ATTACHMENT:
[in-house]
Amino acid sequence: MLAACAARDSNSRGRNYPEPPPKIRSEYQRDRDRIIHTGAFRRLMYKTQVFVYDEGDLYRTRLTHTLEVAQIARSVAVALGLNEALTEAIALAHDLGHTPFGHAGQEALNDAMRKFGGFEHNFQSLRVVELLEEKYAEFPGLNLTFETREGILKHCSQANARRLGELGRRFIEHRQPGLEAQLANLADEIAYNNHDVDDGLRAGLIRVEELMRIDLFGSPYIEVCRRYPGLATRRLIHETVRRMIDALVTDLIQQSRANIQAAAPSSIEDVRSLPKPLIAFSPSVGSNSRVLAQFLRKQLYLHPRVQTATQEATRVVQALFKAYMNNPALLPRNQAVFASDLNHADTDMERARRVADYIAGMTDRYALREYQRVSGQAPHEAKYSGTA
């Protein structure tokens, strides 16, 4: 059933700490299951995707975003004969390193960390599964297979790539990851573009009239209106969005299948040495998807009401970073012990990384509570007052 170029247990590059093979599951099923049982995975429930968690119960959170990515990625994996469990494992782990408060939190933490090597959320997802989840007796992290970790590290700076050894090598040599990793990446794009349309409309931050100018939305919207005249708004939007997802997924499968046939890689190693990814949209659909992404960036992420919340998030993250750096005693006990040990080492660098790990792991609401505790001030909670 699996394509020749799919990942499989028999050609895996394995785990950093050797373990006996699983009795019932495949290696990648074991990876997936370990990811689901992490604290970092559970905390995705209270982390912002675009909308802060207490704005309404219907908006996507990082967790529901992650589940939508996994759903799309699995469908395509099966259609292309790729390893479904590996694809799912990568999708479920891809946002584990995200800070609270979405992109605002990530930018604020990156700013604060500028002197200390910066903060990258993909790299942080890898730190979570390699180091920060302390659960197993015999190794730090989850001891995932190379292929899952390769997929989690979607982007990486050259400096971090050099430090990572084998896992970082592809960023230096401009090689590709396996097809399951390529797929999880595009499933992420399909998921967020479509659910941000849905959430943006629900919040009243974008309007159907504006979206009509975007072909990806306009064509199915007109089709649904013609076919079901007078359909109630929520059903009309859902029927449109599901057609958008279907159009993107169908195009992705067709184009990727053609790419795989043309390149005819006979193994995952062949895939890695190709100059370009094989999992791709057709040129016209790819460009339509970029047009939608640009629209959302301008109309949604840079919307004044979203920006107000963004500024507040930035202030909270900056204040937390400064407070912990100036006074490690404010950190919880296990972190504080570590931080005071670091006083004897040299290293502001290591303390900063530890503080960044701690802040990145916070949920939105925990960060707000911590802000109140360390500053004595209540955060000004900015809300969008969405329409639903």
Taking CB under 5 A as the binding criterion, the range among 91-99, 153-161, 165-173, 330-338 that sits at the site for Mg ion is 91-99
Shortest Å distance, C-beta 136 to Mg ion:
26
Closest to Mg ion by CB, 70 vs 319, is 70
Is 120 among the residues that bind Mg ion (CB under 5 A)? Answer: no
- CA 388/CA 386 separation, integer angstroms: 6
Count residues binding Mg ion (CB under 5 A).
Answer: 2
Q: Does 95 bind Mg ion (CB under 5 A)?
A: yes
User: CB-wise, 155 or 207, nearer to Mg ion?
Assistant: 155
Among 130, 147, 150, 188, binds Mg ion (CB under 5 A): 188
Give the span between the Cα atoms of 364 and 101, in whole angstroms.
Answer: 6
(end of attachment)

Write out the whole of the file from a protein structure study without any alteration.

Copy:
[in-house]
Amino acid sequence: MLAACAARDSNSRGRNYPEPPPKIRSEYQRDRDRIIHTGAFRRLMYKTQVFVYDEGDLYRTRLTHTLEVAQIARSVAVALGLNEALTEAIALAHDLGHTPFGHAGQEALNDAMRKFGGFEHNFQSLRVVELLEEKYAEFPGLNLTFETREGILKHCSQANARRLGELGRRFIEHRQPGLEAQLANLADEIAYNNHDVDDGLRAGLIRVEELMRIDLFGSPYIEVCRRYPGLATRRLIHETVRRMIDALVTDLIQQSRANIQAAAPSSIEDVRSLPKPLIAFSPSVGSNSRVLAQFLRKQLYLHPRVQTATQEATRVVQALFKAYMNNPALLPRNQAVFASDLNHADTDMERARRVADYIAGMTDRYALREYQRVSGQAPHEAKYSGTA
């Protein structure tokens, strides 16, 4: 059933700490299951995707975003004969390193960390599964297979790539990851573009009239209106969005299948040495998807009401970073012990990384509570007052 170029247990590059093979599951099923049982995975429930968690119960959170990515990625994996469990494992782990408060939190933490090597959320997802989840007796992290970790590290700076050894090598040599990793990446794009349309409309931050100018939305919207005249708004939007997802997924499968046939890689190693990814949209659909992404960036992420919340998030993250750096005693006990040990080492660098790990792991609401505790001030909670 699996394509020749799919990942499989028999050609895996394995785990950093050797373990006996699983009795019932495949290696990648074991990876997936370990990811689901992490604290970092559970905390995705209270982390912002675009909308802060207490704005309404219907908006996507990082967790529901992650589940939508996994759903799309699995469908395509099966259609292309790729390893479904590996694809799912990568999708479920891809946002584990995200800070609270979405992109605002990530930018604020990156700013604060500028002197200390910066903060990258993909790299942080890898730190979570390699180091920060302390659960197993015999190794730090989850001891995932190379292929899952390769997929989690979607982007990486050259400096971090050099430090990572084998896992970082592809960023230096401009090689590709396996097809399951390529797929999880595009499933992420399909998921967020479509659910941000849905959430943006629900919040009243974008309007159907504006979206009509975007072909990806306009064509199915007109089709649904013609076919079901007078359909109630929520059903009309859902029927449109599901057609958008279907159009993107169908195009992705067709184009990727053609790419795989043309390149005819006979193994995952062949895939890695190709100059370009094989999992791709057709040129016209790819460009339509970029047009939608640009629209959302301008109309949604840079919307004044979203920006107000963004500024507040930035202030909270900056204040937390400064407070912990100036006074490690404010950190919880296990972190504080570590931080005071670091006083004897040299290293502001290591303390900063530890503080960044701690802040990145916070949920939105925990960060707000911590802000109140360390500053004595209540955060000004900015809300969008969405329409639903």
Taking CB under 5 A as the binding criterion, the range among 91-99, 153-161, 165-173, 330-338 that sits at the site for Mg ion is 91-99
Shortest Å distance, C-beta 136 to Mg ion:
26
Closest to Mg ion by CB, 70 vs 319, is 70
Is 120 among the residues that bind Mg ion (CB under 5 A)? Answer: no
- CA 388/CA 386 separation, integer angstroms: 6
Count residues binding Mg ion (CB under 5 A).
Answer: 2
Q: Does 95 bind Mg ion (CB under 5 A)?
A: yes
User: CB-wise, 155 or 207, nearer to Mg ion?
Assistant: 155
Among 130, 147, 150, 188, binds Mg ion (CB under 5 A): 188
Give the span between the Cα atoms of 364 and 101, in whole angstroms.
Answer: 6